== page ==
Wed | Oct 28, 2020

Daniel Thwaites | The cyaapit is unravelling already?

Published:Sunday | October 18, 2020 | 12:16 AM

A great deal of inconvenience was excused last year on the basis that we would be properly carpeted with magnificent roads in the future. But this last set of rains have revealed that something is terribly wrong. We can’t say the roads are suffering from the coronavirus, so then something else is causing the widespread collapse.

Quite shortly, if the rain continues, only those in expensive SUVs will be able to use what’s left of the former roads. Too often the cyaapit is turning into a carpit.

Maxfield Avenue, newly renovated as a centrepiece of the reputed national cyaapit, has been left in tatters. Washington Boulevard as well. A section of Olympic Way collapsed. Arthur Wint Drive is severely damaged. Marcus Garvey Drive, Chelsea Avenue, and Molynes Road turn into swimming pools for motor cars when there’s a decent rainfall.

Further out in the countryside, notably in St Mary, roads are collapsing. The Gleaner carried an arresting picture of the Georgia main road in St Thomas which is becoming a river. And we’re just scratching the asphalt.

The public is noticing the devastation. Someone sent me a hilarious video comprised of various scenes of road flooding and road collapse from all over Kingston set to the song by Ace of Base – Everytime It Rains:

’Cause every time it rains,

I fall to pieces

So many memories the rain releases

Well, let’s talk about the memories the rain releases, because when it comes to the roads, those memories are often the kind you would rather forget.


The Gleaner had an eye-opening story on Friday: ‘Major road projects, but no major drainage work – Hunter’. The Hunter is E.G. Hunter, a sensible smaddy, National Works Agency (NWA) executive director. So how does that make any sense?

“The National Works Agency is blaming Jamaica’s decades-old drainage problem for flooding and subsequent damage to roadways across the island after heavy rainfall.”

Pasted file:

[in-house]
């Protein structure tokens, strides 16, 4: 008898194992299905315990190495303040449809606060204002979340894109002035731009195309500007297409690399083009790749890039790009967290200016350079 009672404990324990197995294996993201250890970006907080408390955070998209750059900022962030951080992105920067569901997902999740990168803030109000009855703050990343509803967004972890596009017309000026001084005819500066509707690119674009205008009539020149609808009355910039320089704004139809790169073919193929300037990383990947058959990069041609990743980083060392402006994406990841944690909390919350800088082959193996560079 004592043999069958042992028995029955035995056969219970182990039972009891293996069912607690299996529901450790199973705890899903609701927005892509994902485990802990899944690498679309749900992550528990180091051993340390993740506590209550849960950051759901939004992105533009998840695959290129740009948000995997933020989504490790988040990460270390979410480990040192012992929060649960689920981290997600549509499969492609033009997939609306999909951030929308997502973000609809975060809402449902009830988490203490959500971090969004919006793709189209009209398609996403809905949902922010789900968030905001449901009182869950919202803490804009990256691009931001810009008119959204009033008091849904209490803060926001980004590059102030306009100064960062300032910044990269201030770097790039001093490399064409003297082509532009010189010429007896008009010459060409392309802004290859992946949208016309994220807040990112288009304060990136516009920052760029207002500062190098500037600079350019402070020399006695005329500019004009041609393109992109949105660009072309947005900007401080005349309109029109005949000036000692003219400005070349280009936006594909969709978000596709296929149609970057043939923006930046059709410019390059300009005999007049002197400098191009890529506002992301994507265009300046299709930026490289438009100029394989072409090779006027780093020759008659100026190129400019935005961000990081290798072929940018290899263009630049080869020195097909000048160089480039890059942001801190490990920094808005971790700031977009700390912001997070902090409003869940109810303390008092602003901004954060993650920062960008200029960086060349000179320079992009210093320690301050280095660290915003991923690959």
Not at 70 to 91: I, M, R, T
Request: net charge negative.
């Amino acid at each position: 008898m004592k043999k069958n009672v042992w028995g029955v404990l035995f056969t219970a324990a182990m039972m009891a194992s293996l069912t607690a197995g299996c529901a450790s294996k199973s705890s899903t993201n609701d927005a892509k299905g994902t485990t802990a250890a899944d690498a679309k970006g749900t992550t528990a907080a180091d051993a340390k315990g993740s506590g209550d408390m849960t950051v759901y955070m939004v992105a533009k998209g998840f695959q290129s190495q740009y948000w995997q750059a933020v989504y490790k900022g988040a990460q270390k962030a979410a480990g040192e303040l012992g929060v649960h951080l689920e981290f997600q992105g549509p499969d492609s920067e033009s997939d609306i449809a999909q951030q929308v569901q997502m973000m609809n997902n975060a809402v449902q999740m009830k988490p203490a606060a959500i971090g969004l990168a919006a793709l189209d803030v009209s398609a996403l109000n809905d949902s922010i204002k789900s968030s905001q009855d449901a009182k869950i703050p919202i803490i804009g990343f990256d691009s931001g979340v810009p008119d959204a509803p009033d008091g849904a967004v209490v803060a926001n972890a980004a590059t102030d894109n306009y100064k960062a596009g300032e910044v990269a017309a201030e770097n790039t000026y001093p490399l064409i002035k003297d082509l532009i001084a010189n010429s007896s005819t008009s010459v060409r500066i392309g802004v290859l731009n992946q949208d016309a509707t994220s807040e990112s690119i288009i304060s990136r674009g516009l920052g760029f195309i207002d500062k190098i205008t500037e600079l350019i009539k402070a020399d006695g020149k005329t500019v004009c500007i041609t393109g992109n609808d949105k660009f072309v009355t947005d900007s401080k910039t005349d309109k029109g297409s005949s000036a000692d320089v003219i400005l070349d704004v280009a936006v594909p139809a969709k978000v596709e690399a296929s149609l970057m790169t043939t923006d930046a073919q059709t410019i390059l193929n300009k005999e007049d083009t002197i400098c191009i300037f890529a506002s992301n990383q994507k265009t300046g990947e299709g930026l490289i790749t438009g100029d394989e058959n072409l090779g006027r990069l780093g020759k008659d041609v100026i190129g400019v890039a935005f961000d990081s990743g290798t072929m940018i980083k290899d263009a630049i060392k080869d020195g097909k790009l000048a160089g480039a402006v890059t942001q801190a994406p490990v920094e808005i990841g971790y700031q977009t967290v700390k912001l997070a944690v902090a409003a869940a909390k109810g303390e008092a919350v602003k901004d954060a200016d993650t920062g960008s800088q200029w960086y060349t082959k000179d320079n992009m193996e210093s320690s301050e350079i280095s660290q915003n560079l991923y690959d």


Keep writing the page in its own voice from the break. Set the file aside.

There’s undoubtedly some truth to it. But wait deh! If it’s not the same NWA who is responsible for the drainage alongside de cyaapit, then who is?

Let’s get to the nub of the matter. If you talk about roads in Jamaica then you have to also talk about politics. Naturally, motorists demand good, or at least decent, roads to drive on. But that’s just the top of the rabbit-hole that one can descend if one is to look into the matter seriously.

I’m told by people who study these things that politicians are anxious to fix lots of roads, but not to fix them too well. For if they are built as sturdily as in the old days, where there was serious work put into the substratum (i.e., the supporting structure of the cyaapit) of the road that is real part of road-building, that creates other problems. For one thing, if you keep the amounts spending constant, you will only be able to fix fewer roads in any given year. That’s because you will be doing the job properly. That is a recipe for political headache.

Plus, if you do that, from whence will the next round of roadwork come? That’s a recipe for more political headache. Work haffi share up! So if there’s money to build 40 miles of roads, it’s better if the money is spent to patch up 120 miles, as there is far more to gain politically. After all, man and man have quarry to dig, marl to sell, bitumen and aggregate to sell, and equipment to rent out.

As with so much else in life, it’s not the shiny surface that matters, but the substructure/foundation and the things you don’t see. And we are habitually pointed to look at the shiny pretty surface, and gullibly, we enjoy that for the moment without asking too many questions about what lies underneath. There’s a deeper metaphor there somewhere, no doubt.


So facing the current destruction, it would be great if some questions were asked. Perhaps one of those parliamentary committees could take it up to investigate.

If there is a problem with the design, it’s the engineers we should ask about what went wrong. If the design was fine, but the problem was with the implementation, then we need to talk to the contractors. Remember? Call de contractor … wi need de contractor!

A statement has been issued by the Jamaica Institute of Engineers. But where is the Professional Engineers Registration Board on all this? That is the body that legislation empowers to protect us with legal teeth. There are bodies out there upon whom the public must rely. They need to be courageous and help us to understand why we spend so much on roadworks that collapse if there’s more than a drizzle.

There’s a Professional Engineers Registration Board Act. If the board finds “any person or organisation registered under this act – to be guilty of dishonesty, negligence or incompetence”, it has an array of punishments.

If it was the contractors who came up short, what’s the recourse available to the public?

How is it that we’re being told that so much spending took place without proper planning for drainage? If the smart people at NWA can’t manage to plan for the needed drainage, maybe the time has come for a National Drainage Agency (NDA)? Or maybe even a Drainage Utilization Management Board (DUMB)? Or why not plan ahead with a Drainage Utilization Management Board Future Urban Carriageways Kingston Society?

And what if the NWA engineers are bright and capable, but it’s others who habitually intervene for reasons explained above, to make sure that the hogs at the troughs are well fed? That’s at our expense.

– Daniel Thwaites is an attorney-at-law. Email feedback to